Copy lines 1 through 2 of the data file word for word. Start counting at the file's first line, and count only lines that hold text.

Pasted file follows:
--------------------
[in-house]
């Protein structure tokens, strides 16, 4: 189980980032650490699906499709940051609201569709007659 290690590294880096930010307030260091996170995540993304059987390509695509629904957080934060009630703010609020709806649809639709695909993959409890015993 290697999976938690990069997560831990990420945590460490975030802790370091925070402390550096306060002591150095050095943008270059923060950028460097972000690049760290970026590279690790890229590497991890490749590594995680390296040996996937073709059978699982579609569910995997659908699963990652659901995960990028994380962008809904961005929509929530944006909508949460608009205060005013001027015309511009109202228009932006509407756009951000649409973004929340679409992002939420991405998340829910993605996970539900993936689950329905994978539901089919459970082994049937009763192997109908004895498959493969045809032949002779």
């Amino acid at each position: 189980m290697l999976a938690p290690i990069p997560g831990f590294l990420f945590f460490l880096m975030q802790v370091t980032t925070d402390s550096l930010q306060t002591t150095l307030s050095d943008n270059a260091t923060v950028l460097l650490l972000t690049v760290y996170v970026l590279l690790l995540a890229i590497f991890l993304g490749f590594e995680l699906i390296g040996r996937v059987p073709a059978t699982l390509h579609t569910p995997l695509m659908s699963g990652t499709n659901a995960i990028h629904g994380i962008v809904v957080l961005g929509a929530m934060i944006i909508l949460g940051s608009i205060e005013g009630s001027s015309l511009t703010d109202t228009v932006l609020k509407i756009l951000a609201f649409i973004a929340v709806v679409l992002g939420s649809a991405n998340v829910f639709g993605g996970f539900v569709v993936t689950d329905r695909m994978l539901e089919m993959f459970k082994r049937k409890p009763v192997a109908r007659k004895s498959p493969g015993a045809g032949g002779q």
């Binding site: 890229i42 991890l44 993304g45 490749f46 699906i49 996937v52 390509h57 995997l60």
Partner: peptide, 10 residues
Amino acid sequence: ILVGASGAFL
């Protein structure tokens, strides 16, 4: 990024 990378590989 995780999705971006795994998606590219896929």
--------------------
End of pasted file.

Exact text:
[in-house]
């Protein structure tokens, strides 16, 4: 189980980032650490699906499709940051609201569709007659 290690590294880096930010307030260091996170995540993304059987390509695509629904957080934060009630703010609020709806649809639709695909993959409890015993 290697999976938690990069997560831990990420945590460490975030802790370091925070402390550096306060002591150095050095943008270059923060950028460097972000690049760290970026590279690790890229590497991890490749590594995680390296040996996937073709059978699982579609569910995997659908699963990652659901995960990028994380962008809904961005929509929530944006909508949460608009205060005013001027015309511009109202228009932006509407756009951000649409973004929340679409992002939420991405998340829910993605996970539900993936689950329905994978539901089919459970082994049937009763192997109908004895498959493969045809032949002779």